EMBnet is committed to bringing the latest software algorithms to the user free of charge (Extended GCG or EGCG[3]) and continues to develop state of the art public software (EMBOSS).

EMBER: a European Multimedia Bioinformatics Educational Resource. EMBER was a European Union (EU) funded project aiming to develop a suite of multimedia bioinformatics educational tools [4] . EMBER comprises a self-contained, interactive Web tutorial in bioinformatics, & the equivalent stand-alone course on CD-ROM.

The EMBnet community was involved in the creation of the peer reviewed journal Briefings in Bioinformatics (BiB). BiB was also supported by an educational grant from EMBnet.

The Global Organisation for Bioinformatics Learning, Education and Training (GOBLET) was formed as a nonprofit foundation at the 2012 EMBnet annual meeting.[5][6]


Starting from 1994 and up to 2009 EMBnet published[7] Its primary goal was to bring information and report on the latest news and developments from the network to the user community.

Established in 2010 as the successor of the (with volume numbering continuing uninterrupted), EMBnet.journal is a peer-reviewed open access scientific journal publishing original research and technical papers in bioinformatics.[8][9] The journal contains two main sections, one for research articles, reviews, and technical notes, and one for non-peer-reviewed commentary, reportage, user-guides, training information, and news. EMBnet.journal publishes also conference proceedings and meeting abstracts as supplements.


  1. ^ Domenica D'Elia; Andreas Gisel; Nils-Einar Eriksson; Sophia Kossida; Kimmo Mattila; Lubos Klucar & Erik Bongcam-Rudloff (2009). "The 20th anniversary of EMBnet: 20 years of bioinformatics for the Life Sciences community". BMC Bioinformatics. 10: S1. doi:10.1186/1471-2105-10-S6-S1. PMC 2697632. PMID 19534734.
  2. ^ Martín Sarachu; Marc Colet (2005). "wEMBOSS: a web interface for EMBOSS". Bioinformatics. 21 (4): 540–541. doi:10.1093/bioinformatics/bti031. PMID 15388516.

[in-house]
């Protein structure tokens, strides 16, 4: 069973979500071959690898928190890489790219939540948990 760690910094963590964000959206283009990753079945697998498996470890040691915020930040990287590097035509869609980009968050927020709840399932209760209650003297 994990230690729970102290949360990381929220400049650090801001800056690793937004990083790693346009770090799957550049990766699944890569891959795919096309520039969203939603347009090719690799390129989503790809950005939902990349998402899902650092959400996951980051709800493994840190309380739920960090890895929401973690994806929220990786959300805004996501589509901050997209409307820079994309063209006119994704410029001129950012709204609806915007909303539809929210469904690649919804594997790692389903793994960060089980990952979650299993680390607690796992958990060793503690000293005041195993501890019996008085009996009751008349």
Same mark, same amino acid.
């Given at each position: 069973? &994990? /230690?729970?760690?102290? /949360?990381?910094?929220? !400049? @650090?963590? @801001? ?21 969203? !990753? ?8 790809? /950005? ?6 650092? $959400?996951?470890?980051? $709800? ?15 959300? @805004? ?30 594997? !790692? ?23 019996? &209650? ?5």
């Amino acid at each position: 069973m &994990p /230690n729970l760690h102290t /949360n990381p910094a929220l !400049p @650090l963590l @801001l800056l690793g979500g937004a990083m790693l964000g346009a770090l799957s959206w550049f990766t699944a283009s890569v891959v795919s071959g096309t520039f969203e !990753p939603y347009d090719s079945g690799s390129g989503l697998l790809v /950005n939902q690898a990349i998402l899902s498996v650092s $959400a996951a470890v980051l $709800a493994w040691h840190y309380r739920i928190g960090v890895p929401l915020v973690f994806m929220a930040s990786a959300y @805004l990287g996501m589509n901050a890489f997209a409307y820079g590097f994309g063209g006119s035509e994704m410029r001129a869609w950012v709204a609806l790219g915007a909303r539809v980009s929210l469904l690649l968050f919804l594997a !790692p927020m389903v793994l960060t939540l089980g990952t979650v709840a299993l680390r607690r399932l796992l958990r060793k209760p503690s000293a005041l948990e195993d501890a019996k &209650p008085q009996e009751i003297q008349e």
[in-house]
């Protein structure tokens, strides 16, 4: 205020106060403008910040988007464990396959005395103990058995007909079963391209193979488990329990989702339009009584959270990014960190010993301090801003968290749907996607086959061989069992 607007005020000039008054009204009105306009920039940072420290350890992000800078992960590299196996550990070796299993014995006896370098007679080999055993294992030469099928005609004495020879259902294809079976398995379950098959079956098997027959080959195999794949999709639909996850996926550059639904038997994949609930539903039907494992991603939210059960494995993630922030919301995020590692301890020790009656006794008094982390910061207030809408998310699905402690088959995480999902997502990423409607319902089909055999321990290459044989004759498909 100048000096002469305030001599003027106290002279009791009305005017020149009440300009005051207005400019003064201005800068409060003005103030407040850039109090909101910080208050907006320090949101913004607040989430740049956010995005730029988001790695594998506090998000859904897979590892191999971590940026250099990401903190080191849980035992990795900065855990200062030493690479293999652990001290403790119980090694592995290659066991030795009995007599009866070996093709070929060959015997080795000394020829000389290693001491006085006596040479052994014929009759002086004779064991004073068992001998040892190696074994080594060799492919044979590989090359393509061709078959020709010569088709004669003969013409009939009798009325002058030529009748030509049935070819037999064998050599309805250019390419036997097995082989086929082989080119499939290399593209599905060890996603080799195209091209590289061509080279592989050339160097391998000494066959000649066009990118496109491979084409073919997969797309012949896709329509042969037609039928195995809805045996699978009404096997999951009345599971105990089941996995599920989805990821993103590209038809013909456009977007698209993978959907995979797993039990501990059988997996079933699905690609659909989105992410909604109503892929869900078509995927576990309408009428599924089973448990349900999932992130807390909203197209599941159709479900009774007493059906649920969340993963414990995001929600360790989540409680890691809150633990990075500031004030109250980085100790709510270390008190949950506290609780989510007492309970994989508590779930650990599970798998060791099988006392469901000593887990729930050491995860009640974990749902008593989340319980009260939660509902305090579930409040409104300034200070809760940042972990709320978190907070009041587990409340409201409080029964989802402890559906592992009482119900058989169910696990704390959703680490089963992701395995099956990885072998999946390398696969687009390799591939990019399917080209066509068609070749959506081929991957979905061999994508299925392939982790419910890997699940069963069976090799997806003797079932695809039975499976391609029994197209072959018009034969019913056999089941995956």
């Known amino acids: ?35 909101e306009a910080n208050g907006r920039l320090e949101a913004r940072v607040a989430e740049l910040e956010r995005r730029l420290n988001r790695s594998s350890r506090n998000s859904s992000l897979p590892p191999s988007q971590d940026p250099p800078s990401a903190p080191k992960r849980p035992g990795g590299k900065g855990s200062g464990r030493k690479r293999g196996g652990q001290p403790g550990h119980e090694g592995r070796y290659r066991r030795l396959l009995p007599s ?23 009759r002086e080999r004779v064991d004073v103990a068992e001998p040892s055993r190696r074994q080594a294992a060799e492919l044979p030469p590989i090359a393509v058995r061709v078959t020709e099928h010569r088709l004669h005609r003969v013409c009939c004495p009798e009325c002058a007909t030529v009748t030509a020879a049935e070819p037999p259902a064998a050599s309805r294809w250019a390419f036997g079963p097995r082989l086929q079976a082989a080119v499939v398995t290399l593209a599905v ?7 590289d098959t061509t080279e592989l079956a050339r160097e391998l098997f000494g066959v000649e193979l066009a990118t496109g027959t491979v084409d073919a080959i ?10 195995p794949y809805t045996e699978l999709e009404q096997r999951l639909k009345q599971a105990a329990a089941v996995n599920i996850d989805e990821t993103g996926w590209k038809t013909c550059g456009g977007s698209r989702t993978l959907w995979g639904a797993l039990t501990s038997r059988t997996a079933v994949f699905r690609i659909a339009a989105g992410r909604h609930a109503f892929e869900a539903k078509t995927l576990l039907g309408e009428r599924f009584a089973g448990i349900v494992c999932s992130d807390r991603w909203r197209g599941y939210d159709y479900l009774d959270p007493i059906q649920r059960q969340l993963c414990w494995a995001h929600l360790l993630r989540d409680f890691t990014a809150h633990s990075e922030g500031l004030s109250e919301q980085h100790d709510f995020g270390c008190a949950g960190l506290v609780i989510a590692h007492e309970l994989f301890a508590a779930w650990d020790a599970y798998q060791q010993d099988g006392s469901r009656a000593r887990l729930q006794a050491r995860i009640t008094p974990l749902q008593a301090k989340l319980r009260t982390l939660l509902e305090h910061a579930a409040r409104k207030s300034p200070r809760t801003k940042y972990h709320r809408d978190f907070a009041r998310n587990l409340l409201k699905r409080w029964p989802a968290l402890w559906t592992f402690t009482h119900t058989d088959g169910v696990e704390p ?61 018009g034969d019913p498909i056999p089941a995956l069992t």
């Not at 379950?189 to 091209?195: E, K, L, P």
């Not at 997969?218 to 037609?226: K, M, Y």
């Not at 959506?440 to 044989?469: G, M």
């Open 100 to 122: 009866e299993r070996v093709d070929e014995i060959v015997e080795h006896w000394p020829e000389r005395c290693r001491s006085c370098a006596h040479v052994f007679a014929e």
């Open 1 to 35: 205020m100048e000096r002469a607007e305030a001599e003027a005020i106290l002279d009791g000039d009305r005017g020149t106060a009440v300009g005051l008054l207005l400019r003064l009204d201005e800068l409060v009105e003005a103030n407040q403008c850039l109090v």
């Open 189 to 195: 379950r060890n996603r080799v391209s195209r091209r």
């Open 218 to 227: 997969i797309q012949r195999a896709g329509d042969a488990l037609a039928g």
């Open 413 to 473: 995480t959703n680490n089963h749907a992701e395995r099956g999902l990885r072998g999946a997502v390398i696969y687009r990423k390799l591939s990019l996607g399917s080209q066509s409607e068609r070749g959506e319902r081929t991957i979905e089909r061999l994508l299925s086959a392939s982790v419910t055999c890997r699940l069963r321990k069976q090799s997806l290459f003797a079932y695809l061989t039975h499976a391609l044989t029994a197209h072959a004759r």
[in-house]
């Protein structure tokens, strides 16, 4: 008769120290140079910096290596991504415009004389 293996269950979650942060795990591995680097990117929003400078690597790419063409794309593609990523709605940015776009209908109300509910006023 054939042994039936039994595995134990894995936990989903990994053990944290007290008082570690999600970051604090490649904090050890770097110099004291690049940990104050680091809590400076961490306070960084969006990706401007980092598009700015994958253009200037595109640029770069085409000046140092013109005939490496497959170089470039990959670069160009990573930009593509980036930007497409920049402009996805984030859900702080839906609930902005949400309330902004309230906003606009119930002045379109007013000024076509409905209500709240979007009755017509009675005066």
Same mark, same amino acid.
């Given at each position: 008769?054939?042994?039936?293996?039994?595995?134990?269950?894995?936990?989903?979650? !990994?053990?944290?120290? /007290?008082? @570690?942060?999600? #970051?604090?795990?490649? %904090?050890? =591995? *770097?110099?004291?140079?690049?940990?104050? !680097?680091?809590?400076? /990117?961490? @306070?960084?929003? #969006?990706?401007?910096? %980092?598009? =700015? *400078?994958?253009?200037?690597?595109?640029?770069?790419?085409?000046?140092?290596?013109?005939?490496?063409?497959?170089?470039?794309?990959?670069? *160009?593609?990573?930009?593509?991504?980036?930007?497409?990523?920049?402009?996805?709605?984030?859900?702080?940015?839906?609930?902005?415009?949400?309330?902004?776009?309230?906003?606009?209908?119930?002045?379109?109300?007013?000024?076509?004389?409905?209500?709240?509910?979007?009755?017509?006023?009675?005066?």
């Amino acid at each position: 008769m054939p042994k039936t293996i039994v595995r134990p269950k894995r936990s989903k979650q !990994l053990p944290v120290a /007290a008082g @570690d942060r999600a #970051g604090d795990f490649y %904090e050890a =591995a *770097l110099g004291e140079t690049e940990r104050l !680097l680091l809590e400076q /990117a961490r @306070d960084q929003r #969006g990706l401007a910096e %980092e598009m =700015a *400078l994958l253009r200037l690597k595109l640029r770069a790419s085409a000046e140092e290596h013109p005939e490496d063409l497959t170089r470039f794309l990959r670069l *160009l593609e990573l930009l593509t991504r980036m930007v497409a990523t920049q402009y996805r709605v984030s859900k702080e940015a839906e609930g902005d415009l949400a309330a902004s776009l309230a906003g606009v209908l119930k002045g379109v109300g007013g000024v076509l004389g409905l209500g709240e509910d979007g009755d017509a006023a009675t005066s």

3. ^ "EGCG 8.0".
  4. ^ T.K.Attwood; I.Selimas; R.Buis; R.Altenburg; R.Herzog; V.Ledent; V.Ghita; P.Fernandes; I.Marques; M.Brugman (2005). "Report on the EMBER project - a European Multimedia Bioinformatics Educational Resource". Bioscience Education e-Journal. 6–4. Archived from the original on 2011-12-09. Retrieved 2011-11-24.
  5. ^ "GOBLET | EMBnet". Retrieved 26 August 2016.
  6. ^ Atwood, Teresa K.; Bongcam-Rudloff, Erik; Brazas, Michelle E.; Corpas, Manuel; Gaudet, Pascale; Lewitter, Fran; Mulder, Nicola; Palagi, Patricia M.; Schneider, Maria Victoria; van Gelder, Celia W. G.; Welch, Lonnie (9 April 2015). "GOBLET: The Global Organisation for Bioinformatics Learning, Education and Training". PLOS Computational Biology. 11 (4): e1004143. Bibcode:2015PLSCB..11E4143A. doi:10.1371/journal.pcbi.1004143. PMC 4391932. PMID 25856076.
  7. ^ "Archives".
  8. ^ Domenica D'Elia; Andreas Gisel; Nils-Einar Eriksson; Sophia Kossida; Kimmo Mattila; Lubos Klucar & Erik Bongcam-Rudloff (2009). "The 20th anniversary of EMBnet: 20 years of bioinformatics for the Life Sciences community". BMC Bioinformatics. 10: S1. doi:10.1186/1471-2105-10-S6-S1. PMC 2697632. PMID 19534734.
  9. ^ Dublin, Matthew. " Morphs into New Bioinformatics Journal". Retrieved 14 January 2013.